Yeah, Sarah, I would be amazed if a popular Democrat runs against Biden. I would not be shocked, though, if he declines to run for reelection.
But if Trump were to suddenly wait to reveal or were even to float the concept he will not run that might complicate Biden’s decision-making procedure if he is thinking about not running again. I guess I’m just doubtful that Biden would toss in the towel without an obvious heir apparent regardless of his age.
(After all, he beat Trump in 2020.) I’m not sure how much the information backs that up. According to a You, Gov/Yahoo News survey from the beginning of the month, signed up citizens chose Biden over Trump 45 percent to 42 percent. However they also picked Harris over Trump 45 percent to 44 percent.
And that’s before even entering the reality that 2024 is 2 years away and early general-election polls are pretty worthless. It mostly depends on the pollster regarding whether Biden leads or Trump leads, but on balance, Biden might lead somewhat usually. I do think, however, some Democrats think anyone other than Biden may be weaker against Trump.
Many of the discontent appears to be coming within Biden’s own celebration, too. To be clear, 75 percent of Democrats said they approve of the task Biden is doing as president.
Where Biden goes from here back up or stagnant could be important to determining whether he runs again., but he’s still undersea total.
Is it fair to say that we’re all in contract that there is not room for anyone else in the Democratic main aside from Biden unless, of course, he does not run? OK, time to talk about the Republican side of things.
Ron De, Santis, previous Vice President Mike Pence, former UN Ambassador Nikki Haley, former Secretary of State Mike Pompeo and Maryland Gov. Larry Hogan all seem to be lining up to run. But, of those, De, Santis is the only one who (currently) seems capable of beating Trump should the previous president indeed run.
If you get a number of candidates splitting up the vote not going for Trump, it’s simply going to make it simpler for him to win.
You’re not challenging a sitting president, and there definitely seems to be at least some hesitancy over Trump and the idea that he has too much luggage and might not be able to win in a basic election once again. A New York City Times/Siena College survey from last month discovered, for example, that practically half of Americans who planned to vote in the 2024 Republican politician primary would pick a candidate besides Trump in a primary race.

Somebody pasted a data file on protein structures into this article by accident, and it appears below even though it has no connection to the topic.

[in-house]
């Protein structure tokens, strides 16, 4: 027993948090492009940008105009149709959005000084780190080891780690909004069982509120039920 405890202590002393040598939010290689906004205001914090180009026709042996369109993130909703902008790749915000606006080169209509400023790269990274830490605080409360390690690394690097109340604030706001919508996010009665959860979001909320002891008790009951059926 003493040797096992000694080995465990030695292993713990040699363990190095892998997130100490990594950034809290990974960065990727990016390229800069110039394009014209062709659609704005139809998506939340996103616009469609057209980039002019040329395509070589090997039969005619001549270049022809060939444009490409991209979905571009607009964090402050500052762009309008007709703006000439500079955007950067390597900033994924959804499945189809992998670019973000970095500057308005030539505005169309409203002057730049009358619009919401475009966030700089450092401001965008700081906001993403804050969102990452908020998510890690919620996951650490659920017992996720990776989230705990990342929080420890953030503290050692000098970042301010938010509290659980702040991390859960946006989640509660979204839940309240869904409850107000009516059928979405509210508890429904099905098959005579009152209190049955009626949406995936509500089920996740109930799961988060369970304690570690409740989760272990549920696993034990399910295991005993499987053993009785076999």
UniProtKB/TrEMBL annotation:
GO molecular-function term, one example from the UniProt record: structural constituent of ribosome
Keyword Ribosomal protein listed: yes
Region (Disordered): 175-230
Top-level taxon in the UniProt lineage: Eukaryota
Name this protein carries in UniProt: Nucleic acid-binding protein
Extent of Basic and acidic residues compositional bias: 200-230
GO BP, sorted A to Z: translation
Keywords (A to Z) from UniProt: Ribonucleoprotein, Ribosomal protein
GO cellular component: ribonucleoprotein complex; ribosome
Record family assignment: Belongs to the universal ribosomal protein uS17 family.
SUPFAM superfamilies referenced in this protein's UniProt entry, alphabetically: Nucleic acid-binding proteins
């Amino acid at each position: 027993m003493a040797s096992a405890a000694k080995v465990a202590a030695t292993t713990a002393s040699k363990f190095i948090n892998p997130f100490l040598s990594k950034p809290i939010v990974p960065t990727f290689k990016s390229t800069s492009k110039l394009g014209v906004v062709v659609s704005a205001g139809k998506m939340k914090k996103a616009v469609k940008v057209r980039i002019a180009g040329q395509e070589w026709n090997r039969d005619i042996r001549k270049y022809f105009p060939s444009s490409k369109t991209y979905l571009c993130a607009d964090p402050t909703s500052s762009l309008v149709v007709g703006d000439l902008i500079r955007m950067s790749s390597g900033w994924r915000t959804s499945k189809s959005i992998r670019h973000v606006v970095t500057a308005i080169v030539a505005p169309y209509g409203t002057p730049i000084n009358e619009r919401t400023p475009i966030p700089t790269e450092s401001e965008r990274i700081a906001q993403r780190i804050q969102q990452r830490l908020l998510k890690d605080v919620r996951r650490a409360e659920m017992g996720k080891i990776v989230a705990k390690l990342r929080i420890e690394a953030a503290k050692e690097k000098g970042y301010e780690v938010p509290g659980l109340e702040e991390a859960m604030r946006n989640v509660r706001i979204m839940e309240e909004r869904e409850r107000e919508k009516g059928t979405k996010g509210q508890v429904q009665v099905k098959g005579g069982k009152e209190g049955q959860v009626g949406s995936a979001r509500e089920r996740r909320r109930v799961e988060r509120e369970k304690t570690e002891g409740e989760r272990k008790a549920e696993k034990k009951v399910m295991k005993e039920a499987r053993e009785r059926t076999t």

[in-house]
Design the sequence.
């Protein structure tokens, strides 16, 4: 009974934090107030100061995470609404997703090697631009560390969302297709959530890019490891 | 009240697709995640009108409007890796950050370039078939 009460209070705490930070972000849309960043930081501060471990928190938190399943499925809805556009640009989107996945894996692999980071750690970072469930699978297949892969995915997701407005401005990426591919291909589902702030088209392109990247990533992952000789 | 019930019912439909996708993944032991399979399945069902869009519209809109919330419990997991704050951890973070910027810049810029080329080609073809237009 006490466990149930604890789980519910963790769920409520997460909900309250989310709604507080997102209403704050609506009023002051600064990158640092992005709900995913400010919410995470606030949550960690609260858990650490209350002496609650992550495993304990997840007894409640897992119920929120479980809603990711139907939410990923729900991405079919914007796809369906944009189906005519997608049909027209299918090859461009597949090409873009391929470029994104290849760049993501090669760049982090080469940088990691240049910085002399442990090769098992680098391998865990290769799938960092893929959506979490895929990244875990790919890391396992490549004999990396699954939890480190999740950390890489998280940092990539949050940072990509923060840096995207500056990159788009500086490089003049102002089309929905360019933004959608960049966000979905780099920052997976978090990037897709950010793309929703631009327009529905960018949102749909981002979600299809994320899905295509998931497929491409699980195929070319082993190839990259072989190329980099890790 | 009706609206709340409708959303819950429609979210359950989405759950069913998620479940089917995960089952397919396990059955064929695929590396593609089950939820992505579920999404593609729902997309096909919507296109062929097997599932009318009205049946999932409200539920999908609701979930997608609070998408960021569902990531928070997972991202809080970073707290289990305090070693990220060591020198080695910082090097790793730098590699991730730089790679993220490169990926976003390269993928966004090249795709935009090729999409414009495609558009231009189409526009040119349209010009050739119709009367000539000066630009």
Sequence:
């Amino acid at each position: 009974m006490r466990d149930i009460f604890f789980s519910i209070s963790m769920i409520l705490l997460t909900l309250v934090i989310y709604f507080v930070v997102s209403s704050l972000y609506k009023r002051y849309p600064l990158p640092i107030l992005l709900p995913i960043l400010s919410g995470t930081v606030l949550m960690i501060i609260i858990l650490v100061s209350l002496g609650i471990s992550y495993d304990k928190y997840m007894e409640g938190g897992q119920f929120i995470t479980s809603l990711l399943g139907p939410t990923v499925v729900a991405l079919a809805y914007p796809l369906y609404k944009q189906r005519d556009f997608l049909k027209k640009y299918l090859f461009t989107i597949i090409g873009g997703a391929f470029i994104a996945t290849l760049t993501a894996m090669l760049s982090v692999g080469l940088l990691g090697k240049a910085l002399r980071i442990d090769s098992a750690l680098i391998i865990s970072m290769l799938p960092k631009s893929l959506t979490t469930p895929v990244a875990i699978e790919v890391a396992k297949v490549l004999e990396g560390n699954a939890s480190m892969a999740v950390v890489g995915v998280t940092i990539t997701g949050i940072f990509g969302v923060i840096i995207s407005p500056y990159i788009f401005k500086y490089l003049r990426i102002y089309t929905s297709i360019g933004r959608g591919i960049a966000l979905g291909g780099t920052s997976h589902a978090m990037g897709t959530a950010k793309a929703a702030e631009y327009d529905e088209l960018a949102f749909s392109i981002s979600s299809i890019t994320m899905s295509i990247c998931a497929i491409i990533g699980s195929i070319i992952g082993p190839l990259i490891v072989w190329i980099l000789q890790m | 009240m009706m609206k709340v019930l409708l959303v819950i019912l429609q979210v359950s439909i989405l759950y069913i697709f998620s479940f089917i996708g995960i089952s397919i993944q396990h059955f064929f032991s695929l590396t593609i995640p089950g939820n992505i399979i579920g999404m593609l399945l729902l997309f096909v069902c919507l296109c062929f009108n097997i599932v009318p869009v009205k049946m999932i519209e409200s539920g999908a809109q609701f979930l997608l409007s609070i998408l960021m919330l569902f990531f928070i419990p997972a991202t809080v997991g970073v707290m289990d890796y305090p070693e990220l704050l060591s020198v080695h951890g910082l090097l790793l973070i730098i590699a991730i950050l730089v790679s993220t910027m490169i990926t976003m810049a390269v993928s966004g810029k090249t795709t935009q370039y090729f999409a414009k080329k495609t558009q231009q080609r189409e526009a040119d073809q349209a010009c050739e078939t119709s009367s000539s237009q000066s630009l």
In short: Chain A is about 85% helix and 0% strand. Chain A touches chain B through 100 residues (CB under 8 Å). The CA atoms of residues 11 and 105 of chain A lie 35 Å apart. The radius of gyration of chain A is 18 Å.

I’m glad you brought up that survey, due to the fact that I believed that was an interesting method to frame the results, as one might likewise argue from that survey that Trump is still the undisputed leader. He was initially, with 49 percent support, and De, Santis was in 2nd, at 25 percent.
There is absolutely more room for a challenger to Trump than to Biden, but Trump would still be preferred. According to a recent Politico/Morning Consult survey, 56 percent of Republican and independent registered voters said they would support Trump, while 18 percent stated they would support De, Santis, 8 percent said they would support Pence and a lot of other candidates all got 2 percent or less.
According to that You, Gov/Yahoo News poll I discussed previously, Trump beats De, Santis 44 percent to 35 percent among registered voters in a direct matchup. Definitely, but this point (from the Times reporting on the poll) was an interesting comparison to me: “His share of the Republican main electorate is less than Hillary Clinton’s amongst Democrats was at the start of the 2016 race.” Naturally, Clinton ultimately won that race, but it wasn’t an assurance Sanders offered her a real run for her money.
The Times might have also compared Trump to Gore’s position in 1999. That said, De, Santis is plainly a legitimate threat to Trump; a 9-point lead in the surveys is not protect.
I understand we had a chat back then about whether Trump’s grip on the GOP is still strong. At the time, I stated that Trump may be weaker than some wish to admit, but after Tuesday night’s results most notably Wyoming Rep. Liz Cheney’s primary loss combined with the fates of the 9 other Republicans who voted to impeach the former president I in fact believe it’ll be really tough for another Republican to cut through his power.